Lately I want to use a very unique material and came out with something very small but interesting. I can’t say what exactly. Maybe gold, maybe some other material. I still have to find it. Everything hinges on doing something interesting in itself.
How have people such as family, friends, writers, philosophers, other artists or even pop icons had an impact on the work you do?
I’m more interested in the way things appear, than who. How something comes into existence influences me, which I then apply to my way of making things.
Writers, philosophers, and other artists haven’t really influenced me. But if I see an old poster with a very unique concept or design, it influences me in that it gives me some kind of shock. I’m more interested in the future, however; and I look at icons as more like symbols than celebrities proper.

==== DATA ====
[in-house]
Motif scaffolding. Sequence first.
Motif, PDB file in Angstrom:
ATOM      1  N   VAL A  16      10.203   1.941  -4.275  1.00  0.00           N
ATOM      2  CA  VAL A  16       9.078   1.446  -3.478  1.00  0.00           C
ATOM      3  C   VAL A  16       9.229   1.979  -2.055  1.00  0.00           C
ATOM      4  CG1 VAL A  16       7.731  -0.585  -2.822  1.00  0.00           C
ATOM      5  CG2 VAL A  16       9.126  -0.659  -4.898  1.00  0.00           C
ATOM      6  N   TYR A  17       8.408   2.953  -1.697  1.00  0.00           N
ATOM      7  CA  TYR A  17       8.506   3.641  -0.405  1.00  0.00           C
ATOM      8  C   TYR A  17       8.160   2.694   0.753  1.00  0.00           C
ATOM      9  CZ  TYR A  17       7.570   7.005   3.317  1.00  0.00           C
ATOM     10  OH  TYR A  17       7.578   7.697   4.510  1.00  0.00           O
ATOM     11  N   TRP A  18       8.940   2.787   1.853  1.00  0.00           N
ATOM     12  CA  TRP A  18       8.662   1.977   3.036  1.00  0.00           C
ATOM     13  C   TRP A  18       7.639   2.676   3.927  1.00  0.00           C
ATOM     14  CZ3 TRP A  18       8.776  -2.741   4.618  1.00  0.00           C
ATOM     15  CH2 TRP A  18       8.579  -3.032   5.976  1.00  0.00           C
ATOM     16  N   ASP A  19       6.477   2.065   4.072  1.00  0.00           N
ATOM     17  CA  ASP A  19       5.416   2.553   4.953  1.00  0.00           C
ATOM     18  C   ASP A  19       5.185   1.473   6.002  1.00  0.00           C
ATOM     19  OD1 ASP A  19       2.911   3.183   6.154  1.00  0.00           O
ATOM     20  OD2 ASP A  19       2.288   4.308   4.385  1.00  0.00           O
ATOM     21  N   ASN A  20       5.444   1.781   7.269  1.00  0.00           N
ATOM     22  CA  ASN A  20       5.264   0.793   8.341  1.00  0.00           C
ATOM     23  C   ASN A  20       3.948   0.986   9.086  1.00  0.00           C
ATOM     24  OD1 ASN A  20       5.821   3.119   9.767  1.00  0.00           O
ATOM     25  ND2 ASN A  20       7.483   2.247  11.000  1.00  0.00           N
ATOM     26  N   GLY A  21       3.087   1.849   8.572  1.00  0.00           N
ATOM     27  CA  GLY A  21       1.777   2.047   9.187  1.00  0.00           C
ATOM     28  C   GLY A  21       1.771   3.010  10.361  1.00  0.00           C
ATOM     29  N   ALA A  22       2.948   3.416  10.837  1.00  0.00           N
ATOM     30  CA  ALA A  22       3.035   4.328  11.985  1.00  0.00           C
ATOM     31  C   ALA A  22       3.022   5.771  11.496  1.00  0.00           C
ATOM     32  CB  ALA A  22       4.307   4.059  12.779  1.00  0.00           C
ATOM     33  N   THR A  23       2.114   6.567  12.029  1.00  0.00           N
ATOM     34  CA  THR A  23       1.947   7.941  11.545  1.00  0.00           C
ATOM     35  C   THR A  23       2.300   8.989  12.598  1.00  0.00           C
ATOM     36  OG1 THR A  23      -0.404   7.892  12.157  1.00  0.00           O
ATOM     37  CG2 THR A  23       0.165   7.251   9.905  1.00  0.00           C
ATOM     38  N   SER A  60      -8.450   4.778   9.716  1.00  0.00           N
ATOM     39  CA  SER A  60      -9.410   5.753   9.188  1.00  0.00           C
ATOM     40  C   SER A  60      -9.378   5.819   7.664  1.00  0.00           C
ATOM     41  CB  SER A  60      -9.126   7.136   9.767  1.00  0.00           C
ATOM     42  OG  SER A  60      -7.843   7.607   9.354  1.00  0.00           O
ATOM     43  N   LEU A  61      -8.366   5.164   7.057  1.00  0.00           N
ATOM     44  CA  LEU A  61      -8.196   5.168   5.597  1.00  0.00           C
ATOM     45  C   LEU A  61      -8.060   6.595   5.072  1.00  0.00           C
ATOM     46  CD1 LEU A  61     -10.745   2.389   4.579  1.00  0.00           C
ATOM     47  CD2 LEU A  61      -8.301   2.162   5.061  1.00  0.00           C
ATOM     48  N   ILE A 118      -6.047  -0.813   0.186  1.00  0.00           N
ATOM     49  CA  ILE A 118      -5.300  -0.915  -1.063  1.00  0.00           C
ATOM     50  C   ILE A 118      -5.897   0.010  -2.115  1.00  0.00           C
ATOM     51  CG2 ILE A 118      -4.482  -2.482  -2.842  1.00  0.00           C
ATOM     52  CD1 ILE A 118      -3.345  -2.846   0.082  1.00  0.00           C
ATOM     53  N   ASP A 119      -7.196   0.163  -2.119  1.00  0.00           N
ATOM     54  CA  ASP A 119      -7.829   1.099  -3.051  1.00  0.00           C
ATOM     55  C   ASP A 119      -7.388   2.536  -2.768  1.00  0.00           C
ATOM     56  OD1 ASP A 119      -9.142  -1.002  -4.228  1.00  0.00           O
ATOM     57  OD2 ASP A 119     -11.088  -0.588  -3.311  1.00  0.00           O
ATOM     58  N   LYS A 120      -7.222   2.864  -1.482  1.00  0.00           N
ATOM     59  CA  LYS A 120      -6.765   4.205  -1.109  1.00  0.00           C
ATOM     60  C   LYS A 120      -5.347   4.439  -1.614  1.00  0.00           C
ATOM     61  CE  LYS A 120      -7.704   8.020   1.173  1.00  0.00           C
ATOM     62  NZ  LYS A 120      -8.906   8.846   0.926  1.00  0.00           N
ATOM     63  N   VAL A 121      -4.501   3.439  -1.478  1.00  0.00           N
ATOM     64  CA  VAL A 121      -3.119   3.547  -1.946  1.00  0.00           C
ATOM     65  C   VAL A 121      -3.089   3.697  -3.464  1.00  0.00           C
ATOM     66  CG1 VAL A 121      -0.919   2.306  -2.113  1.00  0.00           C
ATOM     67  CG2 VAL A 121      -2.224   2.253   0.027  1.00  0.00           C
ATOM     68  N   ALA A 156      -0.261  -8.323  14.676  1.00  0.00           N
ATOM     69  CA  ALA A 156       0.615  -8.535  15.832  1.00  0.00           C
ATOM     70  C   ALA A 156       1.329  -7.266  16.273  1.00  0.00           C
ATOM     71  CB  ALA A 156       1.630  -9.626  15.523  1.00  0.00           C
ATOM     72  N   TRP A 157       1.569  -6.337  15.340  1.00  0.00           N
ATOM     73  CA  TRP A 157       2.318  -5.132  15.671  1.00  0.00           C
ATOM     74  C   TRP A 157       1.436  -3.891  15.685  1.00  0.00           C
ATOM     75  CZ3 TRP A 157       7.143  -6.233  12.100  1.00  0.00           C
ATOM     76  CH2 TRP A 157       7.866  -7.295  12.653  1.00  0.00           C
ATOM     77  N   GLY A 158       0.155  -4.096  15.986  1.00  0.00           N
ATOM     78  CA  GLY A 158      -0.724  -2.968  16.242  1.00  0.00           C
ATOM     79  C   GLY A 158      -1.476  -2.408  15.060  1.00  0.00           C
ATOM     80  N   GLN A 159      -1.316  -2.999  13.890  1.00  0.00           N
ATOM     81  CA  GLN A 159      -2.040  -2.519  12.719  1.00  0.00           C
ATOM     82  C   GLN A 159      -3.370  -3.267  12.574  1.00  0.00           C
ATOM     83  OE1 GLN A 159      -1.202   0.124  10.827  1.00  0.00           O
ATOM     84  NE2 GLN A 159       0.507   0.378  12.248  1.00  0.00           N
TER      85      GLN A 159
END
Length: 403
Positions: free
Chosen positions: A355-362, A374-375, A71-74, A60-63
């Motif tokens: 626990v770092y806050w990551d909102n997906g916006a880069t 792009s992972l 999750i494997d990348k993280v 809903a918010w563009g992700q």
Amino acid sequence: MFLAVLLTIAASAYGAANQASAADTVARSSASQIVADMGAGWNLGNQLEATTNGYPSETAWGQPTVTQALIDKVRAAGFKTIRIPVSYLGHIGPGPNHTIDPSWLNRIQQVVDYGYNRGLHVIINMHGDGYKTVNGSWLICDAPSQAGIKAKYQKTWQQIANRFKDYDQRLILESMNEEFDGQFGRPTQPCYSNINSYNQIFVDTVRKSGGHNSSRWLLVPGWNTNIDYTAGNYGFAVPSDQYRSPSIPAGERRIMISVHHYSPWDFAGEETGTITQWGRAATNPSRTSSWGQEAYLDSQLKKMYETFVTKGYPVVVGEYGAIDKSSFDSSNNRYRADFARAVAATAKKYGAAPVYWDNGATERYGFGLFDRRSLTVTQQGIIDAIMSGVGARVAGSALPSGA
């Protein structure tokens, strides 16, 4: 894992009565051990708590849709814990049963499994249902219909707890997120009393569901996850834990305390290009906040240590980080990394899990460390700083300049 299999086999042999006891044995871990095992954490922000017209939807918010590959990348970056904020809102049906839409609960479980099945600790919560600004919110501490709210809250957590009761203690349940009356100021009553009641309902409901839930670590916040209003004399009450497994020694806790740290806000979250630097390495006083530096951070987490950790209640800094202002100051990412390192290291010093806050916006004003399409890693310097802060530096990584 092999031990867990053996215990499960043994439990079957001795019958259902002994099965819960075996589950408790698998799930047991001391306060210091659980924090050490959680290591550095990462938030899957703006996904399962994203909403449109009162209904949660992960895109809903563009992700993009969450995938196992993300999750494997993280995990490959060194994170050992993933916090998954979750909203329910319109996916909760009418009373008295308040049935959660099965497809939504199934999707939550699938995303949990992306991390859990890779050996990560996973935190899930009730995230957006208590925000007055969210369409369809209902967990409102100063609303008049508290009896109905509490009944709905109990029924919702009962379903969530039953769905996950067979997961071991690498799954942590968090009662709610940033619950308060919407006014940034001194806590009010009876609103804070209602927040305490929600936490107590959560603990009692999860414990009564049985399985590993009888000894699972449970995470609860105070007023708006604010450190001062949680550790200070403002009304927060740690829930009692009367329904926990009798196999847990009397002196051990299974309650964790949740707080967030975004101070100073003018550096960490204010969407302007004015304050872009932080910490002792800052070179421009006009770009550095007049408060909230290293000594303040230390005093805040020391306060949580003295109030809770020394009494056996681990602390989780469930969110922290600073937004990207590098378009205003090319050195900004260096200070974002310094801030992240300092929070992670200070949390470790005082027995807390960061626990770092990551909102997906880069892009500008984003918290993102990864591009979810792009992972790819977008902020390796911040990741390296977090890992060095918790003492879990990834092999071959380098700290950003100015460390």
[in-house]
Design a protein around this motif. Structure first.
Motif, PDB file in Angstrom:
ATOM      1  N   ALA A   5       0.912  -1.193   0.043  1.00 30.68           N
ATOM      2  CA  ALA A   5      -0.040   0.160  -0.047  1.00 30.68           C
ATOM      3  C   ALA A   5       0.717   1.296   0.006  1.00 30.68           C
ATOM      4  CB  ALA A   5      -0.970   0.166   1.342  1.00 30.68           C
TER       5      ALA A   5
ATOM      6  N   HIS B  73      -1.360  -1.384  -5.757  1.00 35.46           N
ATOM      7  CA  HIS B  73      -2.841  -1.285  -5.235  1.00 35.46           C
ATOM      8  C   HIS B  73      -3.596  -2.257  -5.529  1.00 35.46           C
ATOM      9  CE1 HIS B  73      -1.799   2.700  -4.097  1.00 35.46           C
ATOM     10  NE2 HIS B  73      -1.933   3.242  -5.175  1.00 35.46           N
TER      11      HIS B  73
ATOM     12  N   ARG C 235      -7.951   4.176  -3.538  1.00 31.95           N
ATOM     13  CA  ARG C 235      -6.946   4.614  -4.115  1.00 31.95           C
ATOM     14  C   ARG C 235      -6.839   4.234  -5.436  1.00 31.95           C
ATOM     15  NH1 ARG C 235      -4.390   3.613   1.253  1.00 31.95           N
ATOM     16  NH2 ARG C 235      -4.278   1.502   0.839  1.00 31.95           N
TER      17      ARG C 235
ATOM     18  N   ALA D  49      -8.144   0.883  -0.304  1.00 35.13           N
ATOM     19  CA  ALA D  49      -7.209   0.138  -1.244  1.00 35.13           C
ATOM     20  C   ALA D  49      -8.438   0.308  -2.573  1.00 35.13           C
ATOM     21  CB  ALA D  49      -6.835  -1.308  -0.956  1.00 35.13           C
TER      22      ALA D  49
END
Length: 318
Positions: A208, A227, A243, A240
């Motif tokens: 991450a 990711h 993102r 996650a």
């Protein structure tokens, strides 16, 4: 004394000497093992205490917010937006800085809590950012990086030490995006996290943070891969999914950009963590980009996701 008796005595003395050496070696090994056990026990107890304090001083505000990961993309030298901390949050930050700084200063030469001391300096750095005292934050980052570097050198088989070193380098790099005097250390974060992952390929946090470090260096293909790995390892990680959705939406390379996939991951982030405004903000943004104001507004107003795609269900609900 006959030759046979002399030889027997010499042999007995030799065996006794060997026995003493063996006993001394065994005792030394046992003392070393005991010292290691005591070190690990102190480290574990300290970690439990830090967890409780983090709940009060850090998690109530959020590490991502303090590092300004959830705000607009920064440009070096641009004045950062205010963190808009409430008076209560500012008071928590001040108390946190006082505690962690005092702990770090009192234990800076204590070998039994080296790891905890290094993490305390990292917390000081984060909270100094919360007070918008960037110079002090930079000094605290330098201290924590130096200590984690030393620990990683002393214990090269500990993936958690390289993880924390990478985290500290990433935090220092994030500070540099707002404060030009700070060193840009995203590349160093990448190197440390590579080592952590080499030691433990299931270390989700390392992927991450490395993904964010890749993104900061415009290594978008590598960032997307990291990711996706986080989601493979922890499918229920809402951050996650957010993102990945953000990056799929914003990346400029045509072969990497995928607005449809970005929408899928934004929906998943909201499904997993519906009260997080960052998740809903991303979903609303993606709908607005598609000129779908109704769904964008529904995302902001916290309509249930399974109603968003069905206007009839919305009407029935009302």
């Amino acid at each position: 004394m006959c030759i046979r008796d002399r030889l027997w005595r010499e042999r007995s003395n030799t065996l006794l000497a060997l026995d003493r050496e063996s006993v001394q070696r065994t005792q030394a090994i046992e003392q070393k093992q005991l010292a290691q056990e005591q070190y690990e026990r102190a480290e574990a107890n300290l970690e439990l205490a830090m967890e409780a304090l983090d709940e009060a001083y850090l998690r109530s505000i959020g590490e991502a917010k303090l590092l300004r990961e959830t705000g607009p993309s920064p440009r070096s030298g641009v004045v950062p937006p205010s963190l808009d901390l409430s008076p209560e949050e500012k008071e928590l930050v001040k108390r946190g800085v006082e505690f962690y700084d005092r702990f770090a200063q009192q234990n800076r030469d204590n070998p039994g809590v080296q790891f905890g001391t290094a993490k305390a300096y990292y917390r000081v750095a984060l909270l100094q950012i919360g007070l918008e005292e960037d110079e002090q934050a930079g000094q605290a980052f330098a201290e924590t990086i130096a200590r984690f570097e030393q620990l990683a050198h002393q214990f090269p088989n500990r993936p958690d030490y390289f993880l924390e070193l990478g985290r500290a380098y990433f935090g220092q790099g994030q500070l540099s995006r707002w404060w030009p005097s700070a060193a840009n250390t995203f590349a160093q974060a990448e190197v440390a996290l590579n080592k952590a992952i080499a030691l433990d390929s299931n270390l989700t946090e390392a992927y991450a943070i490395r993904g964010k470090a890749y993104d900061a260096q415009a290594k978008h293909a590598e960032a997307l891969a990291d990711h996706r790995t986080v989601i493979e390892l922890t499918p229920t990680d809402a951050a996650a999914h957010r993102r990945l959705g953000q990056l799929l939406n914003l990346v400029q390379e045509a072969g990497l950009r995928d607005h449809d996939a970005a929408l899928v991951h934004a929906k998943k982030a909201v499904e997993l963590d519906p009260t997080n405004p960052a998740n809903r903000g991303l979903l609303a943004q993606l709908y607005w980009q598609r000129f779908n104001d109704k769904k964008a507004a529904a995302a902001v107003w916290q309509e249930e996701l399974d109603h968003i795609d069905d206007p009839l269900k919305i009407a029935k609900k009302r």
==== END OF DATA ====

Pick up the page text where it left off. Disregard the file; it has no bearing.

Have you ever been pulled in the direction of a pursuit other than being an artist? What are your other interests?
I don’t know how much benefit I get from what I’m doing — I mean in terms of money. I certainly find my work personally beneficial.
And while I’m uncertain what art means, and don’t receive much money from what I do, making art is something I really desire to do.
My desire is what I’m making now, so I don’t know what others desires I could have had. A mansion, maybe? A private island? I don’t think that’s what I truly want.
And even the money is not what I truly want. I need the money to spend to make what people call art, or to buy materials, but again: that’s my desire.